Jake Ramezzana was in a huge slump and he knew it.
“It was actually pretty hard on me,” said the Nutley High School junior. “It was getting to me. I was trying too hard and thinking too much.”
The result was a 4-for-25 slump that had Nutley head coach Bob Harbison thinking that maybe the time had come for a change.
“He had been struggling offensively, but I told him that he just had to stay patient,” Harbison said. “He was getting a little frustrated by it all.”
“I just had to go up there and relax,” Ramezzana said. “I knew what I could do. My teammates and coaches trust me. Coach Harbison showed a lot of faith in me.”
So before the Maroon Raiders faced Newark Academy last Monday, Ramezzana tried something different in the batting cages.
“I switched up my stance a little and dropped my hands,” Ramezzana said. “I shortened up my swing a little to try to make good contact. The first five pitches in batting practice felt really good. I said to myself, ‘This is going to be a good day.’ I felt good. My swing felt easier.”
That was good news, because Ramezzana had another thing on his hands that day. He was the starting pitcher against Newark Academy.
“If I had a bad at-bat, I might take that to the mound with me,” Ramezzana said. “I couldn’t let that happen. When I’m pitching, that has to be the main focus. But I always keep hitting in the back of my mind. I think it was more important for me to pitch well.”
There was another reason why Ramezzana’s start against Newark Academy was big, because there were some college scouts on hand to monitor Ramezzana’s progress.
“He throws the ball pretty hard,” Harbison said. “When he has command, he’s a good pitcher. He has good stuff.”
Ramezzana didn’t let anyone down with his performance last Monday. As a hitter, Ramezzana broke free with two homers and five RBI. As a pitcher, Ramezzana fired a three-hit, eight-strikeout performance on the mound for his first win of the season, as the Maroon Raiders won 10-0.
Ramezzana also laced an RBI single in the Raiders’ win over Belleville on Friday. For the week, he was 5-for-9 with six RBI. He had more hits in a week than he had all season.
For his efforts, Ramezzana has been selected as The Observer Athlete of the Week for the past week.
“I was just too hard on myself,” Ramezzana said. “I just had to relax and try to help myself. I knew that I had to pitch well. It’s amazing the faith that Coach Harbison has in me. It’s brought out some confidence in me. It got me out of that slump. I’m glad he trusts me that much. It’s a huge weight off my shoulders. Once I got the first hit, it was almost surreal. I felt so good. It felt great to hit the ball that well. I hit it perfectly.”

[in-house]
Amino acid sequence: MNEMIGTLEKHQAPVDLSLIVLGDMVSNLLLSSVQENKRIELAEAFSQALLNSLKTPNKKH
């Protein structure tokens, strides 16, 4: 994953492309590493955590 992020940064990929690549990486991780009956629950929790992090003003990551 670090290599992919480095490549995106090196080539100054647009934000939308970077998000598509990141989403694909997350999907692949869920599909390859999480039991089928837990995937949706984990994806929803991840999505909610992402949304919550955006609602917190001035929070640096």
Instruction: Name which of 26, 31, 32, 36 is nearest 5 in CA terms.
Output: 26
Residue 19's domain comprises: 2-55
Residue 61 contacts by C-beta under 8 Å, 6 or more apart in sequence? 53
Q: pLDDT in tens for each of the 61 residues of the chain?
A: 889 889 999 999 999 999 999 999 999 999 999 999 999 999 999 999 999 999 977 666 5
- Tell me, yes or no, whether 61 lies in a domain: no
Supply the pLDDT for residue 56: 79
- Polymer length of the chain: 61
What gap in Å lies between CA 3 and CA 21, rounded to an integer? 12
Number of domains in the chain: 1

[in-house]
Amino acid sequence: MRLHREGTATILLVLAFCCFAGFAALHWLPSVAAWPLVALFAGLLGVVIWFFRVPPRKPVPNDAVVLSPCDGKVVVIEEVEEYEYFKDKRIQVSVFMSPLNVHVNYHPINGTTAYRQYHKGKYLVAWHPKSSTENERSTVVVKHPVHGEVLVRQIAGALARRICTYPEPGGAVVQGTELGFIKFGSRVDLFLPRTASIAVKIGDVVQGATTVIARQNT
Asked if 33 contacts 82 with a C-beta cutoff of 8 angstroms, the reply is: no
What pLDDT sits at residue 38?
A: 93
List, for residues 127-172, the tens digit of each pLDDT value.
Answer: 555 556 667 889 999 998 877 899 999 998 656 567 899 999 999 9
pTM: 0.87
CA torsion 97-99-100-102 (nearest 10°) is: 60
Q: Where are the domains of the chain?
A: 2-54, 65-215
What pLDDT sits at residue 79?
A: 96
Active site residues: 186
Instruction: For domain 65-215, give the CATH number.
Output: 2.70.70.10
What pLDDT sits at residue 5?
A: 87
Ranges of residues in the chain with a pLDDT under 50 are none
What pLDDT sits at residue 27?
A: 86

Ramezzana has always been able to hit the ball. After all, he’s the kid that blasted 17 homers in a single season to set a Nutley Little League record, a record that still stands.
“Little League was the best,” Ramezzana said. “I wish I could do that all the time. That was the best. I’m glad I still have that record.”
So the talent was always there. It just needed to come out.
“He puts his time in to get better,” Harbison said. “The struggling part is not normal for him. He’s a very good hitter. He just got a little frustrated and he’s learning to handle that better. I gave him a few tough spots early in the season to see how he would handle it.”
As for the explosion?
“That’s the day that I hoped would happen for him,” Harbison said. “I knew he had it in him. He just has to stay connected to the ball, swing through the lower portion of the ball. He also needs to stay tall in the box. I’m hoping he can refer back to the Newark Academy. He has to refer to his repertoire and keep what defense we have intact.”
Ramezzana just wants to keep everything intact and not jinx a single thing.
“I’ve always wanted to play for Nutley baseball,” Ramezzana said. “I’m going to be much more relaxed now. I’m going to take my time, because this motivates me. I had the big game, now I just have to continue doing it.”
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Jim Hague | Observer Sports Writer
Sports Writer Jim Hague was with The Observer for 20+ years — and his name is one of the most recognizable in all of sports journalism. The St. Peter’s Prep and Marquette alum kicked off his journalism career post Marquette at the Daily Record, where he remained until 1985. Following shorts stints at two other newspapers, in September 1986, he joined the now-closed Hudson Dispatch, where he remained until 1991, when its doors were finally shut.
It was during his tenure at The Dispatch that Hague’s name and reputation as one of country’s hardest-working sports reporters grew. He won several New Jersey Press Association and North Jersey Press Club Awards in that timeframe.
In 1991, he became a columnist for The Hudson Reporter chain of newspapers — and he remains with them to this day.
In addition to his work at The Observer and The Hudson Reporter, Hague is also an Associated Press stringer, where he covers Seton Hall University men’s basketball, New York Red Bulls soccer and occasionally, New Jersey Devils hockey.
He’s also doing work at The Morristown Daily Record, the very newspaper where his journalism career began.
During his career, he also worked for Dorf Feature Services, which provided material for the Star-Ledger. While there, he covered the New York Knicks and the New Jersey Nets.
Hague is also known for his announcing work — and he’s done PA work for Rutgers Newark and NJIT.
Hague is the author of the book “Braddock: The Rise of the Cinderella Man.”